ASSERT(sp.unique());
shared_ptr
sp2(sp);
ASSERT(!sp.unique());
ASSERT(!sp2.unique());

You can also get the number of shared_ptr objects that own the resource with the use_count member function:

shared_ptr sp;
ASSERT(0 == sp.use_count());
sp.reset(new
int(123));
ASSERT(1 == sp.use_count());
shared_ptr
sp2(sp);
ASSERT(2 == sp.use_count());
ASSERT(2 == sp2.use_count());

You should, however, limit the use of use_count to debugging only as it is not guaranteed to be a constant time operation on all implementations. Note that you can rely on the provided operator unspecified-bool-type to determine whether the shared_ptr owns anything, and you can use the unique function to determine whether the shared_ptr is the unique owner of something.
The weak_ptr class template stores a weak reference to a resource owned by a shared_ptr object. Once all of the shared_ptr objects owning the resource are destroyed or reset, the resource is deleted regardless of whether any weak_ptr objects are referring to it. To ensure that you cannot use a resource referred to only by a weak_ptr object, the weak_ptr class template does not provide the familiar get member function to return the resource's address or the member access operator. Instead, you need to first convert the weak reference into a strong reference in order to access the resource. This functionality is provided by the lock member function, as shown in Figure 8.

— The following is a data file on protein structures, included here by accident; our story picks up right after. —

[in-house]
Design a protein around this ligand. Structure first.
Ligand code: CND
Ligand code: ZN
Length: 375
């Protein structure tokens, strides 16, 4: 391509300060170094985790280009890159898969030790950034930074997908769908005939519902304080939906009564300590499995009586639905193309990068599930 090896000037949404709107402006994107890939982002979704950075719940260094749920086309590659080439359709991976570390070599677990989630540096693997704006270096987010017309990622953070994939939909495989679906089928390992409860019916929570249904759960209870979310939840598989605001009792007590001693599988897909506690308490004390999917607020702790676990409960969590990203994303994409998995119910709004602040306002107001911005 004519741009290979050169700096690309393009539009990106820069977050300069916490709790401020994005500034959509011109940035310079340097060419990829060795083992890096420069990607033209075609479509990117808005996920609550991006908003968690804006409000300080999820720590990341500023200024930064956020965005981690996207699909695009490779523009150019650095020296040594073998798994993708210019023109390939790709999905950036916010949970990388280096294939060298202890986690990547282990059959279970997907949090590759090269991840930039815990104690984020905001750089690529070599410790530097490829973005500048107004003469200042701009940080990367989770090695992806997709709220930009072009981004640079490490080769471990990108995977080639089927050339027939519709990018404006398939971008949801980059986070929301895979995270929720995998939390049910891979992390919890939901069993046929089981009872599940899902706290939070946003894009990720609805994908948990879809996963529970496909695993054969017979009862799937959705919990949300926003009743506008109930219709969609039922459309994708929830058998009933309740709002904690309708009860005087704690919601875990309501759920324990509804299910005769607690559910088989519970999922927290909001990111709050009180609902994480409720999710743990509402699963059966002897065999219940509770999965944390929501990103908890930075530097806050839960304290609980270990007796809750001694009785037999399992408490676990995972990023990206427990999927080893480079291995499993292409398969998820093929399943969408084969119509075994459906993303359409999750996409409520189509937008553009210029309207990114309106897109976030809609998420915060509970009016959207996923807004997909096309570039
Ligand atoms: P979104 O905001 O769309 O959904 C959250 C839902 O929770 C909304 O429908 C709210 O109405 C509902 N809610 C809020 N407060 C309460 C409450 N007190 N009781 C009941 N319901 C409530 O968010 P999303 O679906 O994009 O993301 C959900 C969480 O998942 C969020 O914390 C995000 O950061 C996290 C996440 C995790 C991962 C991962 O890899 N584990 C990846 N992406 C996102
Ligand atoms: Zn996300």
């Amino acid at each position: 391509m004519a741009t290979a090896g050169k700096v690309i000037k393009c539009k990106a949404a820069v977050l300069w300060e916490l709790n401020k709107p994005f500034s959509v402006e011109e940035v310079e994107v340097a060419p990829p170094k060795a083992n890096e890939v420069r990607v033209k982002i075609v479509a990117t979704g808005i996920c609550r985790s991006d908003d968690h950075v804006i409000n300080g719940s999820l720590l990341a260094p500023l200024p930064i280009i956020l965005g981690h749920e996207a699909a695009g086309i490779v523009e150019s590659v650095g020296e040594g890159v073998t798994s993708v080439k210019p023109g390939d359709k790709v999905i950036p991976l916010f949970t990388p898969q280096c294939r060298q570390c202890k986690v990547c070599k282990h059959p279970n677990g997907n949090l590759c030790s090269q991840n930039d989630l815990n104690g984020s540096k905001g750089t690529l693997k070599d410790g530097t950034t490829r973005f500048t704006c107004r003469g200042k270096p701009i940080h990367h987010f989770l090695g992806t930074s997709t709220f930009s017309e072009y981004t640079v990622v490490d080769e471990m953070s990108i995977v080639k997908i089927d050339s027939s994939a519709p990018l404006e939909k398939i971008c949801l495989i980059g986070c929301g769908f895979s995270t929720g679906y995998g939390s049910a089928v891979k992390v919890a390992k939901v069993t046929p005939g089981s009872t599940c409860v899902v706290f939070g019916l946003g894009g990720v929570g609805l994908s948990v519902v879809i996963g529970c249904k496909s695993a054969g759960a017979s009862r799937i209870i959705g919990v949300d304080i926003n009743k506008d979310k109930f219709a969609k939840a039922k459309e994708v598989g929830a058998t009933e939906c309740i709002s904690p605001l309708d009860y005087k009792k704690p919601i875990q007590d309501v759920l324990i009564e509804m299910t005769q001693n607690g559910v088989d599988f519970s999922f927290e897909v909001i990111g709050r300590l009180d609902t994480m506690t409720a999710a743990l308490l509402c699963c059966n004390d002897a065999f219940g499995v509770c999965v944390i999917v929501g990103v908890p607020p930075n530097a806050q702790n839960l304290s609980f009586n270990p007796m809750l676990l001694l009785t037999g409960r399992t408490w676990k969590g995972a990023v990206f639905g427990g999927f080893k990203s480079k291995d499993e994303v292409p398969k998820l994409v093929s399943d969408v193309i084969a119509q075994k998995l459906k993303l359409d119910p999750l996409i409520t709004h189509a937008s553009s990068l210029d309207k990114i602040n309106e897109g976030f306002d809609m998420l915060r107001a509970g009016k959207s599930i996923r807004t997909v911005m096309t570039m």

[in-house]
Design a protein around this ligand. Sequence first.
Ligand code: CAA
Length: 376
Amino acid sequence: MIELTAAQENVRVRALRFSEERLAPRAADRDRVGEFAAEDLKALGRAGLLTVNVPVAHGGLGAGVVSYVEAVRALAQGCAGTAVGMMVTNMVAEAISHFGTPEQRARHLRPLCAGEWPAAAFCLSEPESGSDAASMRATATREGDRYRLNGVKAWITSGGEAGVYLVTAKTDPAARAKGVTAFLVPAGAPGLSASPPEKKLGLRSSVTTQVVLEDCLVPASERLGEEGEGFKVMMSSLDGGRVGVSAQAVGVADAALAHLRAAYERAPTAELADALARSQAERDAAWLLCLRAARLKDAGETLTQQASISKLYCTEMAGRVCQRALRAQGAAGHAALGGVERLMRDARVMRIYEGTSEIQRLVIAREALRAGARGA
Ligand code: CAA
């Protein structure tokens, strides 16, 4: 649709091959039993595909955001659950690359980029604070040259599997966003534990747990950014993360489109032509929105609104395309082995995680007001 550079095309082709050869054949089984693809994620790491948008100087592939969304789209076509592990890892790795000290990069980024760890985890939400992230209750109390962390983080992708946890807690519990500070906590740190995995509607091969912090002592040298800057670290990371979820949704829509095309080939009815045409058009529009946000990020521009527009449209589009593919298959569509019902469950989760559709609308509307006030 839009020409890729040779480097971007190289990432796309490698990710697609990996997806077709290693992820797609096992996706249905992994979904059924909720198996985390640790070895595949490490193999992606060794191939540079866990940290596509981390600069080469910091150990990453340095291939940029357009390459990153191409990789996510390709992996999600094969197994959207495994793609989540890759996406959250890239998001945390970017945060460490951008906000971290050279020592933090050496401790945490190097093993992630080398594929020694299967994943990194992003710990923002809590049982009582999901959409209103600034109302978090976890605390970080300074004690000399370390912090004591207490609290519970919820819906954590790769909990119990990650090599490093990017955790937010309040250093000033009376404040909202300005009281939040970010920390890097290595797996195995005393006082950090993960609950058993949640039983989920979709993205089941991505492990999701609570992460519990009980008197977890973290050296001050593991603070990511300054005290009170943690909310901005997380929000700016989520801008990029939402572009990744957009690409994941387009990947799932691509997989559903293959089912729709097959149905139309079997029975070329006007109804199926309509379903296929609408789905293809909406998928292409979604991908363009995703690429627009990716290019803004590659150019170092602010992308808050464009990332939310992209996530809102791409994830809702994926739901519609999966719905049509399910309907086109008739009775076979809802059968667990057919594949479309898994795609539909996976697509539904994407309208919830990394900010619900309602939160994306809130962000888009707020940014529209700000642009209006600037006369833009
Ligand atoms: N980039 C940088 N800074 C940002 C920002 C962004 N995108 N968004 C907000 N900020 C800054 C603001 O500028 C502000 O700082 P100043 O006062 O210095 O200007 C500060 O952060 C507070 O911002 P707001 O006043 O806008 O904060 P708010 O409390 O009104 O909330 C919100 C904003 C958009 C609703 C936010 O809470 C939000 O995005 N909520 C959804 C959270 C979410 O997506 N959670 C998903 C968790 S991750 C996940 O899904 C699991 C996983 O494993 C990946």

Figure 8 Convert to Strong Reference

shared_ptr sp(new Shape);ASSERT(1 ==
sp.use_count());
weak_ptr wp(sp);ASSERT(1 == sp.use_count()); //
still 1
// arbitrary application logic...
if (shared_ptr sp2
= wp.lock()){ sp2->Draw(surface);}


shared_ptr sp(new Shape);
ASSERT(1 == sp.use_count());
weak_ptr wp(sp);
ASSERT(1 == sp.use_count()); // still 1
// arbitrary application logic...
if (shared_ptr sp2 = wp.lock())
{
sp2->Draw(surface);
}
If in the interim the resource is released, the weak_ptr object's lock member function will return a shared_ptr object that does not own a resource. As you can probably imagine, shared_ptr and weak_ptr can dramatically simplify resource management in many applications.
It's pretty clear that Visual C++ 2008 Feature Pack is a welcome upgrade to the Visual C++ libraries and is sure to come in handy! There's so much more to explore but I hope that this introduction has piqued your interest and that you'll set aside a few moments to take a closer look yourself.

Visual Studio 2008 Feature Pack download from here :
http://www.microsoft.com/downloads/details.aspx?FamilyId=D466226B-8DAB-445F-A7B4-448B326C48E7&displaylang=en